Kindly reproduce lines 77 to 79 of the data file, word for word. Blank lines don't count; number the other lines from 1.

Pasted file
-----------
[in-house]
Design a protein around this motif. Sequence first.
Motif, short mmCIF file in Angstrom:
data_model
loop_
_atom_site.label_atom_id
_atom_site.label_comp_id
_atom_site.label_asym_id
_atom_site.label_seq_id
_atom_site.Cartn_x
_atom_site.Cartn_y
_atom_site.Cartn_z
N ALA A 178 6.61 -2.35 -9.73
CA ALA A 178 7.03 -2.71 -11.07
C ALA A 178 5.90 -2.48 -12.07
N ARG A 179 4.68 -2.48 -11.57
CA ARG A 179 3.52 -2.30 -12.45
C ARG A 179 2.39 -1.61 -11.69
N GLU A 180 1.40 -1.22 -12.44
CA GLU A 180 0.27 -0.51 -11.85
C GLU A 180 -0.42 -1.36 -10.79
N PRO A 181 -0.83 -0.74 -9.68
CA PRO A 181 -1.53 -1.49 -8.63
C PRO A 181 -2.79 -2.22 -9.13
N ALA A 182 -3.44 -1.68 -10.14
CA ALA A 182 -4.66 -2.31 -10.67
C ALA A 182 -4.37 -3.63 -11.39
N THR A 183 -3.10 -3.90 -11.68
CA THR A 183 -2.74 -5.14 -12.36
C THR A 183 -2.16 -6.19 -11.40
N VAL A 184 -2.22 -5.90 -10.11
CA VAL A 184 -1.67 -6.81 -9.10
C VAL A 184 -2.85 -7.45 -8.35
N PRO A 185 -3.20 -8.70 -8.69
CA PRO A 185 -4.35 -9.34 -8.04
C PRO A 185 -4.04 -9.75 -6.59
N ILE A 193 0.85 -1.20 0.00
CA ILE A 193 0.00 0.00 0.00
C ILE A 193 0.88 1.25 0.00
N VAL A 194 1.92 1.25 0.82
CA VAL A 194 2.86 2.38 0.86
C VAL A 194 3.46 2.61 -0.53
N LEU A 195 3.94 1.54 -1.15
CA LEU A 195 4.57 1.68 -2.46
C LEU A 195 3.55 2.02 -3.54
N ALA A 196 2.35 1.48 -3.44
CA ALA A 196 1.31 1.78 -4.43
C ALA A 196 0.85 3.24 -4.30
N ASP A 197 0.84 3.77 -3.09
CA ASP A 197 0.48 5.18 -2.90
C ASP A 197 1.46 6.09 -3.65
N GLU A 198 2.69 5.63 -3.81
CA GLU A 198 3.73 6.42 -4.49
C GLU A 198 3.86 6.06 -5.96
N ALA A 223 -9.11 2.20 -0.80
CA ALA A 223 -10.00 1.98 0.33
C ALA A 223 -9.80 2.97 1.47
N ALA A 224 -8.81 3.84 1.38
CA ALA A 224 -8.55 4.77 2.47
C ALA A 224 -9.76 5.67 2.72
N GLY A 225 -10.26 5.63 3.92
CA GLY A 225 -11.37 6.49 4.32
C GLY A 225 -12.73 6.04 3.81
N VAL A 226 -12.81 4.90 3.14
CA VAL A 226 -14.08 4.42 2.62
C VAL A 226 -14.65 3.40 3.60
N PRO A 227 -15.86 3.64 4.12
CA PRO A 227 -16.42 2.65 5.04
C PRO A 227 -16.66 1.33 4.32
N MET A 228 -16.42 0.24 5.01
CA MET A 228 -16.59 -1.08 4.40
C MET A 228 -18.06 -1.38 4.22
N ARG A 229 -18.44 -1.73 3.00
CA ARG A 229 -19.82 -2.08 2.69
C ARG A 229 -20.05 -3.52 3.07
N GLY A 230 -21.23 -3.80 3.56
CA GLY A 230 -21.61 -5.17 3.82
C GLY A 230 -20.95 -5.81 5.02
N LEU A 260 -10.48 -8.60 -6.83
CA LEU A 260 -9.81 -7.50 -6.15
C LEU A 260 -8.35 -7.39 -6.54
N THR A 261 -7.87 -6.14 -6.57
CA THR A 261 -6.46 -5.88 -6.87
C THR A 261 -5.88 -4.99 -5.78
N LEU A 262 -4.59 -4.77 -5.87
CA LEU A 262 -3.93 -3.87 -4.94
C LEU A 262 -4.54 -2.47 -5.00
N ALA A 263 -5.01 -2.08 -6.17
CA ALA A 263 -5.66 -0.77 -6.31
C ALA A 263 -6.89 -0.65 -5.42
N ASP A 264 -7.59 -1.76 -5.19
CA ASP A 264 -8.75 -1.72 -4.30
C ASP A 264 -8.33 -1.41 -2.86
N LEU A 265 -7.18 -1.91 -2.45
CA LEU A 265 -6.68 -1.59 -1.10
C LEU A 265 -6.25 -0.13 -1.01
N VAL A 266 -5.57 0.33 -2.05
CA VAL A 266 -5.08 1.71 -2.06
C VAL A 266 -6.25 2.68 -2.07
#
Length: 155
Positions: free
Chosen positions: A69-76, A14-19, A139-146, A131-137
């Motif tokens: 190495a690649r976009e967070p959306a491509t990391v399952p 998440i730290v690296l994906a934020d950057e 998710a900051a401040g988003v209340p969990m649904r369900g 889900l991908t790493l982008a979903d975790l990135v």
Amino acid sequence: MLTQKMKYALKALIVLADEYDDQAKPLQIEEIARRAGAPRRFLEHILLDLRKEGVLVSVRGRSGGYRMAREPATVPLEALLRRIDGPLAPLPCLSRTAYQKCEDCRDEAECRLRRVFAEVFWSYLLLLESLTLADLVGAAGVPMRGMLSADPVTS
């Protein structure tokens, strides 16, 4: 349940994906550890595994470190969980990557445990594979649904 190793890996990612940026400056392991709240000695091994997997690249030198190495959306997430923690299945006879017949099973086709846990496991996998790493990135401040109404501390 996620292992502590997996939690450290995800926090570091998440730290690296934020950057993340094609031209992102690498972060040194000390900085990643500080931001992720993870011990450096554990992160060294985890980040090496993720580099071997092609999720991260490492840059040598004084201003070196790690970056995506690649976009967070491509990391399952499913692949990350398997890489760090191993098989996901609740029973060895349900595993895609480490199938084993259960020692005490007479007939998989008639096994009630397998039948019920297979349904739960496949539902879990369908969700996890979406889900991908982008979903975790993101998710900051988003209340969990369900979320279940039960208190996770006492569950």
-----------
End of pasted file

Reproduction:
CA GLY A 230 -21.61 -5.17 3.82
C GLY A 230 -20.95 -5.81 5.02
N LEU A 260 -10.48 -8.60 -6.83